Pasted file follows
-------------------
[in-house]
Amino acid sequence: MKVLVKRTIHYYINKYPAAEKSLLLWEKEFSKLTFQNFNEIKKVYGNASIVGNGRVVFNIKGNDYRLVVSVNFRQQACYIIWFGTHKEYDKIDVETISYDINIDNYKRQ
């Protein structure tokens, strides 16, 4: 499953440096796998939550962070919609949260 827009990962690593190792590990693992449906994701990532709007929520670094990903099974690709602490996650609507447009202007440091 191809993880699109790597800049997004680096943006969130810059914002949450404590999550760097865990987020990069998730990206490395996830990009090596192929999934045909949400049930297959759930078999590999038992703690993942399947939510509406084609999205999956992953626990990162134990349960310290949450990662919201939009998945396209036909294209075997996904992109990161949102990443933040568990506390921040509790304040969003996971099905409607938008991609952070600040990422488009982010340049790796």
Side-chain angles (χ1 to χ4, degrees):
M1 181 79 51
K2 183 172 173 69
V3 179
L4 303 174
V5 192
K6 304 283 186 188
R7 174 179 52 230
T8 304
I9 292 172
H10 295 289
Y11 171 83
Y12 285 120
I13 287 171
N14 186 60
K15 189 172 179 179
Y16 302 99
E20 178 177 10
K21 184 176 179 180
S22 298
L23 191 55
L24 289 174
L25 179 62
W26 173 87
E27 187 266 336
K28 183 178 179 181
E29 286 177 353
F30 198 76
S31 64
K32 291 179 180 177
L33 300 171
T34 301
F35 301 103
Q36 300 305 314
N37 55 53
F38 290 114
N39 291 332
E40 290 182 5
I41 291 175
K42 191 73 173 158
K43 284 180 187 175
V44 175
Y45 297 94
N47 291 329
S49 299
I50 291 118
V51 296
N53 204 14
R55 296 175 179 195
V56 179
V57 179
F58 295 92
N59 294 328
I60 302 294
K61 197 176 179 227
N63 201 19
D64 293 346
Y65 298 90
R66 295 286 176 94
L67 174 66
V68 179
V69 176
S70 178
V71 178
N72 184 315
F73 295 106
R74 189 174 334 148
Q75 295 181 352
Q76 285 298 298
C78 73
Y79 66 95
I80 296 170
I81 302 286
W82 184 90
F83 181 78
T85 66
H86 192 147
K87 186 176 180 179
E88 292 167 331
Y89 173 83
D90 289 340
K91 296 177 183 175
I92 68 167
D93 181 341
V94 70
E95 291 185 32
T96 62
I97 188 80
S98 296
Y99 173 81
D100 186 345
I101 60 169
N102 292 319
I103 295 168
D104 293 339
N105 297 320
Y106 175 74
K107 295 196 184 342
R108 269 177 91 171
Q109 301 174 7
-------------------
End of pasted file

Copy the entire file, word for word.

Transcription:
[in-house]
Amino acid sequence: MKVLVKRTIHYYINKYPAAEKSLLLWEKEFSKLTFQNFNEIKKVYGNASIVGNGRVVFNIKGNDYRLVVSVNFRQQACYIIWFGTHKEYDKIDVETISYDINIDNYKRQ
């Protein structure tokens, strides 16, 4: 499953440096796998939550962070919609949260 827009990962690593190792590990693992449906994701990532709007929520670094990903099974690709602490996650609507447009202007440091 191809993880699109790597800049997004680096943006969130810059914002949450404590999550760097865990987020990069998730990206490395996830990009090596192929999934045909949400049930297959759930078999590999038992703690993942399947939510509406084609999205999956992953626990990162134990349960310290949450990662919201939009998945396209036909294209075997996904992109990161949102990443933040568990506390921040509790304040969003996971099905409607938008991609952070600040990422488009982010340049790796």
Side-chain angles (χ1 to χ4, degrees):
M1 181 79 51
K2 183 172 173 69
V3 179
L4 303 174
V5 192
K6 304 283 186 188
R7 174 179 52 230
T8 304
I9 292 172
H10 295 289
Y11 171 83
Y12 285 120
I13 287 171
N14 186 60
K15 189 172 179 179
Y16 302 99
E20 178 177 10
K21 184 176 179 180
S22 298
L23 191 55
L24 289 174
L25 179 62
W26 173 87
E27 187 266 336
K28 183 178 179 181
E29 286 177 353
F30 198 76
S31 64
K32 291 179 180 177
L33 300 171
T34 301
F35 301 103
Q36 300 305 314
N37 55 53
F38 290 114
N39 291 332
E40 290 182 5
I41 291 175
K42 191 73 173 158
K43 284 180 187 175
V44 175
Y45 297 94
N47 291 329
S49 299
I50 291 118
V51 296
N53 204 14
R55 296 175 179 195
V56 179
V57 179
F58 295 92
N59 294 328
I60 302 294
K61 197 176 179 227
N63 201 19
D64 293 346
Y65 298 90
R66 295 286 176 94
L67 174 66
V68 179
V69 176
S70 178
V71 178
N72 184 315
F73 295 106
R74 189 174 334 148
Q75 295 181 352
Q76 285 298 298
C78 73
Y79 66 95
I80 296 170
I81 302 286
W82 184 90
F83 181 78
T85 66
H86 192 147
K87 186 176 180 179
E88 292 167 331
Y89 173 83
D90 289 340
K91 296 177 183 175
I92 68 167
D93 181 341
V94 70
E95 291 185 32
T96 62
I97 188 80
S98 296
Y99 173 81
D100 186 345
I101 60 169
N102 292 319
I103 295 168
D104 293 339
N105 297 320
Y106 175 74
K107 295 196 184 342
R108 269 177 91 171
Q109 301 174 7